Monday, July 22, 2013

Monday News and Notes

After a slow week around the NHL, the pace has quickened with players signing to new teams or inking extensions.

This week will also be very interesting because arbitration hearings begin. 

For those of you who are unfamiliar with arbitration, it is a process in which a restricted free agent and an organization are unable to come to terms on a contract and use a third party (court of law) to decide what the salary should be. Usually, the player is asking for more than the team is willing to pay and the arbitration ruling is somewhere in between what the player was asking for and what the team was asking for. 

Anyways, here's whats going on in the NHL:

Tuesday, July 16, 2013

Off Season Soap Opera: Ilya Kovalchuk

On July 1st, 2010 Ilya Kovalchuk became the marquee free agent for the off season. After fielding offers from many teams, he agreed in principle to sign a 17 year, $102 million dollar contract to remain a member of the New Jersey Devils. The length of the contract became the longest contract in NHL history.

The next day, it was revealed that the NHL rejected the contract because it circumvented the league's salary cap. An arbitrator heard the union's appeal but still rejected the deal.

Another deal was submitted to the NHL on September 4th, 2010 which the league approved. The contract that was approved is the one he opted out of  this past week worth $100 million over 15 years.

The NHL penalized the New Jersey Devils for their attempt at circumventing the salary cap with Kovalchuk's original 17 year deal. The punishment included a $3 million dollar fine, a third round draft choice in the 2011 NHL Draft, and one future first round draft choice within the next four seasons.

In the seasons after his gargantuan contract, Kovalchuk responded with 31 and 37 goal seasons in 2010-2011 and 2011-2012 respectively. During the lockout he played with SKA St. Petersburg in the KHL where he put up 42 points in 36 games.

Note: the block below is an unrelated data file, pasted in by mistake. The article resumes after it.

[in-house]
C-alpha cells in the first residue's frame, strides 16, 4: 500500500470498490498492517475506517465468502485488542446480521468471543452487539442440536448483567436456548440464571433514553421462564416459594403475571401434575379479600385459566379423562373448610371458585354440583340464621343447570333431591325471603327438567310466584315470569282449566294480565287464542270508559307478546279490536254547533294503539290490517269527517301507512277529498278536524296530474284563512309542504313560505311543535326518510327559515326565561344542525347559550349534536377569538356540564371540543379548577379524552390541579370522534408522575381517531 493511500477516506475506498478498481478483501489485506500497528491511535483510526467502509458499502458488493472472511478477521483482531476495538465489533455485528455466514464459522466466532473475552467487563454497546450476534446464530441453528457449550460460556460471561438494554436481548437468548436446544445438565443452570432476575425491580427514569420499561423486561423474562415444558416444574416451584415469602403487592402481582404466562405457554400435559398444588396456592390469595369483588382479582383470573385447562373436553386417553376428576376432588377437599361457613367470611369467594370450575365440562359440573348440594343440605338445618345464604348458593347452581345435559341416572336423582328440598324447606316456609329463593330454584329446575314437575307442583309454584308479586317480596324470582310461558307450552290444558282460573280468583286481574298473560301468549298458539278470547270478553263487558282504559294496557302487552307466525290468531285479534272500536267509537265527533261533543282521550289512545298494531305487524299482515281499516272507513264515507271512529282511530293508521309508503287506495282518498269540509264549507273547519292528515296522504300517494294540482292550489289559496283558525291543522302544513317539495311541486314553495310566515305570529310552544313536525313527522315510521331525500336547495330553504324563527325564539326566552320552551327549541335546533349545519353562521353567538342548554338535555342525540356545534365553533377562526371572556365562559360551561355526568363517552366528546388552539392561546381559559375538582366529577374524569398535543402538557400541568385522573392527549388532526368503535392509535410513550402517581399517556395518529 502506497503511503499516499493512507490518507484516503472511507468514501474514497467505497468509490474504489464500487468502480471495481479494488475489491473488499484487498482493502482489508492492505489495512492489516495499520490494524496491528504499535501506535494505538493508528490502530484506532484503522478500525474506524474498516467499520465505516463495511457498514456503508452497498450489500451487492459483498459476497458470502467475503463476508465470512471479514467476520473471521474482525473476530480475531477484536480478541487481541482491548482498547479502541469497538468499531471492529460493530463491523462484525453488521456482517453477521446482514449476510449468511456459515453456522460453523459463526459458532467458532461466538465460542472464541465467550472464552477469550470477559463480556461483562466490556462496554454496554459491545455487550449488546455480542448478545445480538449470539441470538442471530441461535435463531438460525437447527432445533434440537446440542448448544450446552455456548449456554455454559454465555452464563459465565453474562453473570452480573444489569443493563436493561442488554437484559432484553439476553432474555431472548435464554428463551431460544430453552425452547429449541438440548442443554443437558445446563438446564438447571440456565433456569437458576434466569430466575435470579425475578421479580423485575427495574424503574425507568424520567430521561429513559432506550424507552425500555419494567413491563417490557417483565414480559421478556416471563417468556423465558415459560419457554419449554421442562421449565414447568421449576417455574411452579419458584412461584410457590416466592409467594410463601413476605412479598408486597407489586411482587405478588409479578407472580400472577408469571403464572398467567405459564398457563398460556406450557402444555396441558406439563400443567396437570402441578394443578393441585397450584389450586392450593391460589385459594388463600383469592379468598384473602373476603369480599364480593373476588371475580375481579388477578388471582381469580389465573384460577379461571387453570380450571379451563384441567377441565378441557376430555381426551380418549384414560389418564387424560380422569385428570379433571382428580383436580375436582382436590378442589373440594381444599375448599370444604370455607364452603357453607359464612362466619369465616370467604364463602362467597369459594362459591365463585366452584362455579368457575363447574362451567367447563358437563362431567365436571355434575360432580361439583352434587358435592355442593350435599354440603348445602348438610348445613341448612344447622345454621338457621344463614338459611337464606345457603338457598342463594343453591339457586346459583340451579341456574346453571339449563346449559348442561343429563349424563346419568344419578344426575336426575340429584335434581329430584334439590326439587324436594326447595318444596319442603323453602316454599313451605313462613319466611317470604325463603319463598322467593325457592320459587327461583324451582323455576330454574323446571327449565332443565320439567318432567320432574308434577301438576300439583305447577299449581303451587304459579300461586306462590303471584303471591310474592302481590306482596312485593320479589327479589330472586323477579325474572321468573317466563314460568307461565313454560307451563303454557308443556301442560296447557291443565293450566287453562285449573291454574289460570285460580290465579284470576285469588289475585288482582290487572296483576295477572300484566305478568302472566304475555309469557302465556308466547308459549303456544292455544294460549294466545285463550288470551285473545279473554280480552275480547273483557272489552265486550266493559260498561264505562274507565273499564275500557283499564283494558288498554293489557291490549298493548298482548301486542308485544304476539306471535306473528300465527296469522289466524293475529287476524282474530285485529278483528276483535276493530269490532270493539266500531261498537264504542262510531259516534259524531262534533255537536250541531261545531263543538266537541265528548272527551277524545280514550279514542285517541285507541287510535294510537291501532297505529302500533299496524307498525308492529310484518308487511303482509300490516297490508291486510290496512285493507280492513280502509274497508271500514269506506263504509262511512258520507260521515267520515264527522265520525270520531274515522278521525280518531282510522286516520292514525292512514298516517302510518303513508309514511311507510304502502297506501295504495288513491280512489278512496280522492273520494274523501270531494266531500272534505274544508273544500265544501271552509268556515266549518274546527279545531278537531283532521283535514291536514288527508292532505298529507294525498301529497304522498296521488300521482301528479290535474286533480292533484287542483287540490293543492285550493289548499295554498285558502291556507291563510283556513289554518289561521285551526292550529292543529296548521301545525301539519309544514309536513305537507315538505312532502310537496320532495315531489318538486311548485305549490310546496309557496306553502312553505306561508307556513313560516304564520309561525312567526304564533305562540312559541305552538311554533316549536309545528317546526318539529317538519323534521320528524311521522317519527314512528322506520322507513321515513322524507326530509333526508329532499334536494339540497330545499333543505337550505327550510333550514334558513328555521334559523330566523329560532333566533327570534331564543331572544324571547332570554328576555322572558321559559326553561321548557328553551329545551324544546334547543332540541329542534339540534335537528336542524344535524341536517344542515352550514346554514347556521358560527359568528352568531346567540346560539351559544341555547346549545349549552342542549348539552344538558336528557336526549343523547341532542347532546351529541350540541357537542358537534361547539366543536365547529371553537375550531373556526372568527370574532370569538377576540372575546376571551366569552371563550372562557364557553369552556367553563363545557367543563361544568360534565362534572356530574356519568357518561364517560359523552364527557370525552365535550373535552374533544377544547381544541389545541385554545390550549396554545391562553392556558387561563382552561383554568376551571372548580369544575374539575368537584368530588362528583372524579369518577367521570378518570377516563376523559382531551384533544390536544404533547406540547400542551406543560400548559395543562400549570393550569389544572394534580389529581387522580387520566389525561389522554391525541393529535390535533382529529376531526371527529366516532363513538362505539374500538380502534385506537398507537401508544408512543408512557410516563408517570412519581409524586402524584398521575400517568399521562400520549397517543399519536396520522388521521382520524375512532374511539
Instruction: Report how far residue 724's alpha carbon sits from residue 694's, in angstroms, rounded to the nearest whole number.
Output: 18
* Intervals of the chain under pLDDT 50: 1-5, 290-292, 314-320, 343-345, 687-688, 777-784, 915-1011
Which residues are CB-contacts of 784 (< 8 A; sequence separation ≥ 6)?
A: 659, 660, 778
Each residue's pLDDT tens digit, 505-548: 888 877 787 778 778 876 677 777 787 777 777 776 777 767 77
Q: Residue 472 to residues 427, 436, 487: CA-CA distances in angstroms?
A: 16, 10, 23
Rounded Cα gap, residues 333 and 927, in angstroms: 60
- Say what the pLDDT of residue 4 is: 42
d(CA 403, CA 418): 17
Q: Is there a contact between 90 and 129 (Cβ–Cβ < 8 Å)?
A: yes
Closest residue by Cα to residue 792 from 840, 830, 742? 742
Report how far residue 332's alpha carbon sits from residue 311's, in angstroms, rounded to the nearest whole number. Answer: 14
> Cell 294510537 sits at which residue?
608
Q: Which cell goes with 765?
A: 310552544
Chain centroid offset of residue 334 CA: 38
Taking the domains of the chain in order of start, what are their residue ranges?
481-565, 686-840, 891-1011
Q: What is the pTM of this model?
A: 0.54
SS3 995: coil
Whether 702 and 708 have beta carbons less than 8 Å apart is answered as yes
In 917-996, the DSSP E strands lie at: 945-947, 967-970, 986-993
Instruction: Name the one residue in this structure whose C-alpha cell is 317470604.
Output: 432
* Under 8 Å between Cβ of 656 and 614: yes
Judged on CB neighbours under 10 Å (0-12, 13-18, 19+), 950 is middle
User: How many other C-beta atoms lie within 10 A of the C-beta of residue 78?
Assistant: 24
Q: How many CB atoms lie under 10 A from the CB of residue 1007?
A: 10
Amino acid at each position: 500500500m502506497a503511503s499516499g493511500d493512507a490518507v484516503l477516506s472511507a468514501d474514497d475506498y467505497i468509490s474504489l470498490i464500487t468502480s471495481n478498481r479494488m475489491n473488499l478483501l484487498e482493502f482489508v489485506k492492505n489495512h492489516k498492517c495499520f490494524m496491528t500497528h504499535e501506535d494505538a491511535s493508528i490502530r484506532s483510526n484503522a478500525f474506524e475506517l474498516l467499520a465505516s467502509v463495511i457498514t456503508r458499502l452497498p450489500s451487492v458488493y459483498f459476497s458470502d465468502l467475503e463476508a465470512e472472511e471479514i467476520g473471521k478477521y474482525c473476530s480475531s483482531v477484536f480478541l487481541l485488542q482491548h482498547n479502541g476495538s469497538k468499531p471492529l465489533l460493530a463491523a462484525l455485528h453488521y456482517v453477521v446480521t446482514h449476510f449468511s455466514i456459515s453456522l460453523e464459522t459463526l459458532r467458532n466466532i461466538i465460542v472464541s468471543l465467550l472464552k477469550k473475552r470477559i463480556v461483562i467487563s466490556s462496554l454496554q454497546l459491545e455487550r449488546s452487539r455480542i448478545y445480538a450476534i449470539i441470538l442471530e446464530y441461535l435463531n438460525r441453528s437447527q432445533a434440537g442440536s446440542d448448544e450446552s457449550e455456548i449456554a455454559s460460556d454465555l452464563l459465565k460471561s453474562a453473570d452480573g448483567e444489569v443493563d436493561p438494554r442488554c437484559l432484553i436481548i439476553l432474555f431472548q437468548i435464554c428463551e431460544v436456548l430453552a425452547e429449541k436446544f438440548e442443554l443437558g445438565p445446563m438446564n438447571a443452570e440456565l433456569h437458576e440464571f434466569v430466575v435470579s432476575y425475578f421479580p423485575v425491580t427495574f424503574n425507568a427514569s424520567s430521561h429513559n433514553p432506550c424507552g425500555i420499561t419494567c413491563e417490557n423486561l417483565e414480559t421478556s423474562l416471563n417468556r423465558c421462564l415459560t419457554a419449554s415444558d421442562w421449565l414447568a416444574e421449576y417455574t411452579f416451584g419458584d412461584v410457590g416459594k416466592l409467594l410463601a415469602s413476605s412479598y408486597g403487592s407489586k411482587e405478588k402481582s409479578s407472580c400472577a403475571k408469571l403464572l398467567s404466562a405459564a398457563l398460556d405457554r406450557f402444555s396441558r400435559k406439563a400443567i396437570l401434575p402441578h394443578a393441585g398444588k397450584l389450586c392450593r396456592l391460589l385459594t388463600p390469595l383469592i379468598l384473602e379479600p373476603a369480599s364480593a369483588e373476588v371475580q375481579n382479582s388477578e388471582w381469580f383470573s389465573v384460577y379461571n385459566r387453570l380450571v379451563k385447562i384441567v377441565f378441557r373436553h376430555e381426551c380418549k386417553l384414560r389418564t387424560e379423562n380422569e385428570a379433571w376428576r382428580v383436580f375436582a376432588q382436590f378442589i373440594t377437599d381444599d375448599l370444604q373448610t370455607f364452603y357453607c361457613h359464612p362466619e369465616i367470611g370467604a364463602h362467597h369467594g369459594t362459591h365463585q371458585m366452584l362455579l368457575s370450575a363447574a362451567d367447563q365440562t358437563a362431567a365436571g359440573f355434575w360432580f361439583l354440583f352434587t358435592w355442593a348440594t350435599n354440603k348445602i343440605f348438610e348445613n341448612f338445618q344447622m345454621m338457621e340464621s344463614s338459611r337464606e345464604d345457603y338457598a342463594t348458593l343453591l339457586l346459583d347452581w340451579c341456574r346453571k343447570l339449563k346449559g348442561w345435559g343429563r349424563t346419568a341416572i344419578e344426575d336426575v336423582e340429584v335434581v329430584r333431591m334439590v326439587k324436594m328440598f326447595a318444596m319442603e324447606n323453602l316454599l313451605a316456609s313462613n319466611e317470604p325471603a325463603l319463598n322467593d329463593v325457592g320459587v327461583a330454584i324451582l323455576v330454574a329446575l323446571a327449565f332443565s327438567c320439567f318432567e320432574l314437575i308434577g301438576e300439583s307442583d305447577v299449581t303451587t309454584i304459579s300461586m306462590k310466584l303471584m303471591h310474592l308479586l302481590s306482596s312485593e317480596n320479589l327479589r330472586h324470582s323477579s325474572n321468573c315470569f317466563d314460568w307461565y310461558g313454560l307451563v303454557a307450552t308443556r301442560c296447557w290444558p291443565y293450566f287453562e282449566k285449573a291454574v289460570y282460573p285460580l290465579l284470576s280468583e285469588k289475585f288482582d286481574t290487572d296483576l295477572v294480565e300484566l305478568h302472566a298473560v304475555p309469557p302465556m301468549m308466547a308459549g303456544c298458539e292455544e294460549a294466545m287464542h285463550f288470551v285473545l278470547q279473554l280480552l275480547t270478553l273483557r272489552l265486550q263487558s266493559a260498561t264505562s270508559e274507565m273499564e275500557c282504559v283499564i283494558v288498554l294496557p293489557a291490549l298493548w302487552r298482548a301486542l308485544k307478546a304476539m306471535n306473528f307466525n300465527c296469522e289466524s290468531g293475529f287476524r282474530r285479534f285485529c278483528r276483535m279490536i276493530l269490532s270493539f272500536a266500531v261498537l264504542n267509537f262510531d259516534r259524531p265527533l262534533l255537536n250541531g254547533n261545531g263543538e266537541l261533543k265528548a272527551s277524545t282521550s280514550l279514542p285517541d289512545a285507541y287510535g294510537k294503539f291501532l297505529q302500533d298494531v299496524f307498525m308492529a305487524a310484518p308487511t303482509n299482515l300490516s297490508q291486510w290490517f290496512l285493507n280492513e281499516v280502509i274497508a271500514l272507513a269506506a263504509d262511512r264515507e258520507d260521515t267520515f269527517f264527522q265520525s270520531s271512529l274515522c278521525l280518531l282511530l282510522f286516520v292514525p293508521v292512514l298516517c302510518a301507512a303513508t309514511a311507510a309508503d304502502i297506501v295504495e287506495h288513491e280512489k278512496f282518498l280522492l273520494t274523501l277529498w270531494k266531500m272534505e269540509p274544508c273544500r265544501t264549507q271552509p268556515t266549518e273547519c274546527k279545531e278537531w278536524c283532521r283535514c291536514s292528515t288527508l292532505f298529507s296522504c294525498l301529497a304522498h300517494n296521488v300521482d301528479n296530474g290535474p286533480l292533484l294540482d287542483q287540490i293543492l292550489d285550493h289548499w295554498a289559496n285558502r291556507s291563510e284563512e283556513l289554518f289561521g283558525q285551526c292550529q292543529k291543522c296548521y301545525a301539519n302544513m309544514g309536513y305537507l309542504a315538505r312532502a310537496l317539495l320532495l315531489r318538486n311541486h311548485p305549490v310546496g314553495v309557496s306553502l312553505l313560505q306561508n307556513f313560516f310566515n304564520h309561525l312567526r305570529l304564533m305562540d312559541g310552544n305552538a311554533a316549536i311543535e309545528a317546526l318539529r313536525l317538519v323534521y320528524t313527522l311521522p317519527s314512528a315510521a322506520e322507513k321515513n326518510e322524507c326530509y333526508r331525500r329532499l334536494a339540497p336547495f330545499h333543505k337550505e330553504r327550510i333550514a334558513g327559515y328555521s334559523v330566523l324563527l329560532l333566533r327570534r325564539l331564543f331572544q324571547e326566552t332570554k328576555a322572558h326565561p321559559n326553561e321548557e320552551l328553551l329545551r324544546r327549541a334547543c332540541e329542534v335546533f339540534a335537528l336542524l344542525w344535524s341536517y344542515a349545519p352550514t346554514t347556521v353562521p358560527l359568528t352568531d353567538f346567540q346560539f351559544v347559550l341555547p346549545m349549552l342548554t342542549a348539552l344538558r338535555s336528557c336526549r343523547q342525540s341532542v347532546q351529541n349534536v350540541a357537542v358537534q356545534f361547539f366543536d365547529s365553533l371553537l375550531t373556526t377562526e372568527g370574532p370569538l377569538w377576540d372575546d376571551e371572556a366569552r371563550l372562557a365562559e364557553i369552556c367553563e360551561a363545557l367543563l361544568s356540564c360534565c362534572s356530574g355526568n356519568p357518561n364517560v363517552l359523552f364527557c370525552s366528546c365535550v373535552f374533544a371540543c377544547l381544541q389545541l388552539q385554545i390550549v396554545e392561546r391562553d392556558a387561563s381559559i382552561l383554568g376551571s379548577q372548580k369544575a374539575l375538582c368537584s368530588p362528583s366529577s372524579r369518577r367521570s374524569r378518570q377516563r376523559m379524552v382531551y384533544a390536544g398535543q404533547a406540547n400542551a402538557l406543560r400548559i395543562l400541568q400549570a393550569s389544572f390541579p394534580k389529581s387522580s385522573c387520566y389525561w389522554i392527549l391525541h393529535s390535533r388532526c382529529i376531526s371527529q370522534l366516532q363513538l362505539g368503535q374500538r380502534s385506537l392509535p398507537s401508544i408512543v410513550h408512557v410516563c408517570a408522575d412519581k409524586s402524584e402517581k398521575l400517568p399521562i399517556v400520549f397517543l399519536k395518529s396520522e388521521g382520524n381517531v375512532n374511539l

His high level of play carried back into the NHL where he was a little shy of being a point per game player (as his career average is) by producing 31 points in 37 games played.

So we've established he has more money than most people will ever see in their lives, is a bonafide sniper in the best hockey league in the world and is an alternate captain for a team that just went to the Stanley Cup finals.

That is why his (seemingly) sudden announcement to retire from the NHL shocked the league.

Today we look at why he made the decision to retire and what repercussions his departure will have on the rest of the NHL.

Friday, July 12, 2013

Fancy Stats

Some not so fancy stats
The movie "Moneyball" (based on a book by Michael Lewis) shed a new light on how baseball teams manage and create their rosters. Smaller market teams are unable to spend with the "New York Yankees" and the "Boston Red Sox" of the world so they need to ensure that every dollar they spend is in fact worth spending.

The movie shows how the statistics like stolen bases, runs batted in, and batting average (that are typically used to gauge a player's value) are flawed and do not express a player's true value. The book/movie argues that Oakland's management took a more analytical approach to find players that would not only provide the most bang-for-their-buck but also compete successfully against the richer teams in the MLB.

The "Moneyball" story applies to the NHL as well.

Over the last six years, there has been an increasing interest in how advanced statistics apply to the game of hockey and one website has come out on top as the leading source of this information.

Tuesday, July 9, 2013

Off Season Soap Opera: Tyler Seguin

One of the most debated trades in recent NHL history was between the Boston Bruins and Toronto Maple Leafs. Right winger and 30 goal scorer, Phil Kessel, was traded to Toronto for a first round pick in 2010, a second round pick in 2010 and a first round pick in 2011.

Unfortunately for the Maple Leafs, those two first round picks turned out to be a second overall pick in 2010 and a ninth overall pick in 2011. Ouch.

The Bruins would go on to keep both draft picks and add center Tyler Seguin in 2010 and defenseman Dougie Hamilton in 2011. Both players have extremely high ceilings as Hamilton projects to be a top pairing defenseman and Seguin projecting to be a top line center.

The last few seasons saw constant taunting from Bruins fans thanking Kessel (starts at 1:06 in the video) for what his departure brought back to Boston.

That all changed at the NHL Draft...

Monday, July 8, 2013

The Best of the Rest

Another year means another off-season that begins with a splash.

Some of the big names that were available this year were signed within hours of free agency opening up. There are, however, still a handful of players that could make an impact in the NHL as complementary or secondary players.

Here's a look at some of the top free agents still available: